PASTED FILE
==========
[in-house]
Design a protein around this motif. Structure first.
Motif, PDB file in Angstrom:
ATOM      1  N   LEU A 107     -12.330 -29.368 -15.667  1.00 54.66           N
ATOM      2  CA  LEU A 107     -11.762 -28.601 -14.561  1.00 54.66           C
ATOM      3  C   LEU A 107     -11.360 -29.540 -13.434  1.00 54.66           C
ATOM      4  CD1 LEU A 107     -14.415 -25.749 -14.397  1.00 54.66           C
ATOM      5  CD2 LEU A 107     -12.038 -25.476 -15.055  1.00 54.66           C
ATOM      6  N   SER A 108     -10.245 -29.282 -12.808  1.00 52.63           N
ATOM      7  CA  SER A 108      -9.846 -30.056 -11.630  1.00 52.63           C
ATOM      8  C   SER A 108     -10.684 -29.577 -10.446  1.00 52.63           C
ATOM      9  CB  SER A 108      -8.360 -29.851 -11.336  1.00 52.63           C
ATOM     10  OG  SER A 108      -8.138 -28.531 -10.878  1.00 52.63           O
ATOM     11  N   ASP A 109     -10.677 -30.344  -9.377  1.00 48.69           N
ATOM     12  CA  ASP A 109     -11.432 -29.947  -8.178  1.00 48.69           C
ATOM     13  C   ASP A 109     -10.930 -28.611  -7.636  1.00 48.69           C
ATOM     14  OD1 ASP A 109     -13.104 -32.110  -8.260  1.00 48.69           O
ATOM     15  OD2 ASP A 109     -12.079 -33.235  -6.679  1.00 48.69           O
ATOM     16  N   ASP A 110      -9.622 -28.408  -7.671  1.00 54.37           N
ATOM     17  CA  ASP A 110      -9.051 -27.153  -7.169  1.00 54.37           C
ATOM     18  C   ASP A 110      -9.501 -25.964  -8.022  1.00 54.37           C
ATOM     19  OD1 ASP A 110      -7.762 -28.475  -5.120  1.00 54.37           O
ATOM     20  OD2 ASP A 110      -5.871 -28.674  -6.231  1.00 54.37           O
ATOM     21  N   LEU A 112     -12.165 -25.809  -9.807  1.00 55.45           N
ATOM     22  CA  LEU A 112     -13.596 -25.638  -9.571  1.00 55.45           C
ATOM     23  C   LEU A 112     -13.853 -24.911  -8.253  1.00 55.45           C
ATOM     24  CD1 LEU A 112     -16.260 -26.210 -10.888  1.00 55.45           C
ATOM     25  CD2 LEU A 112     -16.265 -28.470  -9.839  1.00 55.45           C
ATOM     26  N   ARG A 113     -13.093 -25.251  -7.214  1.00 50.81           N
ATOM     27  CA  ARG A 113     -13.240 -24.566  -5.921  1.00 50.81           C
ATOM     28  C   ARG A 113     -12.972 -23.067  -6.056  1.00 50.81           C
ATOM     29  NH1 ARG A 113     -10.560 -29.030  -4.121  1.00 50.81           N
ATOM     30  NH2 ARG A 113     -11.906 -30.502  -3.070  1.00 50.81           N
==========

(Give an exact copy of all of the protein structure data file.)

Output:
[in-house]
Design a protein around this motif. Structure first.
Motif, PDB file in Angstrom:
ATOM      1  N   LEU A 107     -12.330 -29.368 -15.667  1.00 54.66           N
ATOM      2  CA  LEU A 107     -11.762 -28.601 -14.561  1.00 54.66           C
ATOM      3  C   LEU A 107     -11.360 -29.540 -13.434  1.00 54.66           C
ATOM      4  CD1 LEU A 107     -14.415 -25.749 -14.397  1.00 54.66           C
ATOM      5  CD2 LEU A 107     -12.038 -25.476 -15.055  1.00 54.66           C
ATOM      6  N   SER A 108     -10.245 -29.282 -12.808  1.00 52.63           N
ATOM      7  CA  SER A 108      -9.846 -30.056 -11.630  1.00 52.63           C
ATOM      8  C   SER A 108     -10.684 -29.577 -10.446  1.00 52.63           C
ATOM      9  CB  SER A 108      -8.360 -29.851 -11.336  1.00 52.63           C
ATOM     10  OG  SER A 108      -8.138 -28.531 -10.878  1.00 52.63           O
ATOM     11  N   ASP A 109     -10.677 -30.344  -9.377  1.00 48.69           N
ATOM     12  CA  ASP A 109     -11.432 -29.947  -8.178  1.00 48.69           C
ATOM     13  C   ASP A 109     -10.930 -28.611  -7.636  1.00 48.69           C
ATOM     14  OD1 ASP A 109     -13.104 -32.110  -8.260  1.00 48.69           O
ATOM     15  OD2 ASP A 109     -12.079 -33.235  -6.679  1.00 48.69           O
ATOM     16  N   ASP A 110      -9.622 -28.408  -7.671  1.00 54.37           N
ATOM     17  CA  ASP A 110      -9.051 -27.153  -7.169  1.00 54.37           C
ATOM     18  C   ASP A 110      -9.501 -25.964  -8.022  1.00 54.37           C
ATOM     19  OD1 ASP A 110      -7.762 -28.475  -5.120  1.00 54.37           O
ATOM     20  OD2 ASP A 110      -5.871 -28.674  -6.231  1.00 54.37           O
ATOM     21  N   LEU A 112     -12.165 -25.809  -9.807  1.00 55.45           N
ATOM     22  CA  LEU A 112     -13.596 -25.638  -9.571  1.00 55.45           C
ATOM     23  C   LEU A 112     -13.853 -24.911  -8.253  1.00 55.45           C
ATOM     24  CD1 LEU A 112     -16.260 -26.210 -10.888  1.00 55.45           C
ATOM     25  CD2 LEU A 112     -16.265 -28.470  -9.839  1.00 55.45           C
ATOM     26  N   ARG A 113     -13.093 -25.251  -7.214  1.00 50.81           N
ATOM     27  CA  ARG A 113     -13.240 -24.566  -5.921  1.00 50.81           C
ATOM     28  C   ARG A 113     -12.972 -23.067  -6.056  1.00 50.81           C
ATOM     29  NH1 ARG A 113     -10.560 -29.030  -4.121  1.00 50.81           N
ATOM     30  NH2 ARG A 113     -11.906 -30.502  -3.070  1.00 50.81           N